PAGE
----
changes for 2020 that Congress enacted in March, 2021, after
millions of filers had already submitted returns. That's in
addition to common staffing and logistical challenges faced by many
large organizations since the start of last year.
In some cases, paper returns and envelopes containing checks
piled up in trailers for want of people to process them, and the
IRS has had to move them around to offices with available
"This has been a challenging year," IRS Commissioner Chuck
Rettig said in testimony before Congress in April. "We greatly
appreciate the patience and understanding of others." He noted that
the IRS's call volume has more than doubled, to more than 1,500
calls per second at times.
Now the IRS is reviewing about 16 million 2020 returns, mostly
because of tax changes last year and in March. It must also sort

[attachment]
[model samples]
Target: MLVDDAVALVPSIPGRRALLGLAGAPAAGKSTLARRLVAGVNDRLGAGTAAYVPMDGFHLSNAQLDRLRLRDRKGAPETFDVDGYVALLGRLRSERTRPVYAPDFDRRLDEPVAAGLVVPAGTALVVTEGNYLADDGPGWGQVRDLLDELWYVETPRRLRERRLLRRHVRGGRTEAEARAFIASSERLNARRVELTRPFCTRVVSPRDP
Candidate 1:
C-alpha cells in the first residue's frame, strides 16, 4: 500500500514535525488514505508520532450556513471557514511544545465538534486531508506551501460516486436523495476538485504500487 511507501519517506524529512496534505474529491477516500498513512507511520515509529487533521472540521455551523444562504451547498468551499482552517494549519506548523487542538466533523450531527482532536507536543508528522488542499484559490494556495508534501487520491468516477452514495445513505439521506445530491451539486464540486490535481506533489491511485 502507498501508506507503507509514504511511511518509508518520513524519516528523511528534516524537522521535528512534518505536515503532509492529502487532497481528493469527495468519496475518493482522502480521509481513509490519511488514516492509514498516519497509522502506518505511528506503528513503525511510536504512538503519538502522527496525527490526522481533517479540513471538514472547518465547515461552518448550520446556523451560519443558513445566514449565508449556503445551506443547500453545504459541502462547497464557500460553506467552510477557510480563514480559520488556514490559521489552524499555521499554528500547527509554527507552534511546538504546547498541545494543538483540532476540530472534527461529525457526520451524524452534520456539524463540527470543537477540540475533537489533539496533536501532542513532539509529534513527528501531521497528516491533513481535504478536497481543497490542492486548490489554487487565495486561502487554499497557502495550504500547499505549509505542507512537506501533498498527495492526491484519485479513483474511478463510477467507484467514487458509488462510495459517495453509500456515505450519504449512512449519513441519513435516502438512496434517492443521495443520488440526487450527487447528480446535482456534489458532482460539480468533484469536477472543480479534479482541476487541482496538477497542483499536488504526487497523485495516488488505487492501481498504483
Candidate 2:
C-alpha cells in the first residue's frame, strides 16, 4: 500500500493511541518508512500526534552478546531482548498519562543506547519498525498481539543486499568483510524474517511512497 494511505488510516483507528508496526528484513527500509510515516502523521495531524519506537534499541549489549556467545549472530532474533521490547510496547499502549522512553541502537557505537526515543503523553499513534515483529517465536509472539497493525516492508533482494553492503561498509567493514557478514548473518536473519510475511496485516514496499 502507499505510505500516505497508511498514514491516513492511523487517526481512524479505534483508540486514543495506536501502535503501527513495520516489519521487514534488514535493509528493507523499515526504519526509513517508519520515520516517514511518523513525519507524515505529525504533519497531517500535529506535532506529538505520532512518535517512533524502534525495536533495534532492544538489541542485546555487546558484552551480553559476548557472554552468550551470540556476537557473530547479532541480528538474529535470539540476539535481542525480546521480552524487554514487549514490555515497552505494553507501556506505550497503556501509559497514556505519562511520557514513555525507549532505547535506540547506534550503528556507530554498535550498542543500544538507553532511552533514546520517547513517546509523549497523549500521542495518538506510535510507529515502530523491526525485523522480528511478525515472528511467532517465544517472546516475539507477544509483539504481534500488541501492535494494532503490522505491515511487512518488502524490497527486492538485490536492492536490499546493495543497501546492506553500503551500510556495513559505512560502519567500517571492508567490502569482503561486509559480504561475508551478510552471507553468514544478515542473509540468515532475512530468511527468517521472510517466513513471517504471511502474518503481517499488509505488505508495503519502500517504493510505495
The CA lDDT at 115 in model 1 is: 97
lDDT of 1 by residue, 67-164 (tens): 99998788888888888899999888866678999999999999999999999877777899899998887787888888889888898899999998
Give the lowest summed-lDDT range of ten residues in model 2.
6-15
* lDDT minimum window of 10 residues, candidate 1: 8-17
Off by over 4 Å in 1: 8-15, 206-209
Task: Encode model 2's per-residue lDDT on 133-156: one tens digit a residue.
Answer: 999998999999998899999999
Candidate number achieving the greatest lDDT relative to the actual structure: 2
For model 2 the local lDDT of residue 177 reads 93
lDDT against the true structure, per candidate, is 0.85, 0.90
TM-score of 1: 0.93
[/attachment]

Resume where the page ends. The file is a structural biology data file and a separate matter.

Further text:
through returns to issue refunds on some 2020 unemployment
payments. And it must gear up to send checks to millions of
families as upfront payments of child tax credits for 2021
beginning this summer.
That's a lot -- but it does little to lessen the frustration of
taxpayers like Mr. Schoenherr who can't communicate with the
What will resolve this mess?
This year, maybe only time and patience. For now, here's more
information for frustrated taxpayers.
Don't call the IRS, in most cases
According to data from the National Taxpayer Advocate, only
about two of every 100 phone calls to (800) 829-1040 are getting
through. Even then, the staffer often won't be able to answer the
question, especially if it's about a refund. So calling the IRS is
likely to be a waste of effort.
There's a key exception to this advice for taxpayers who get a
notice from the IRS asserting taxes due or requesting specific
information. These letters usually give a number to call that's
different from the main 800 number, and the chances of getting
through are far higher -- especially for calls made early or late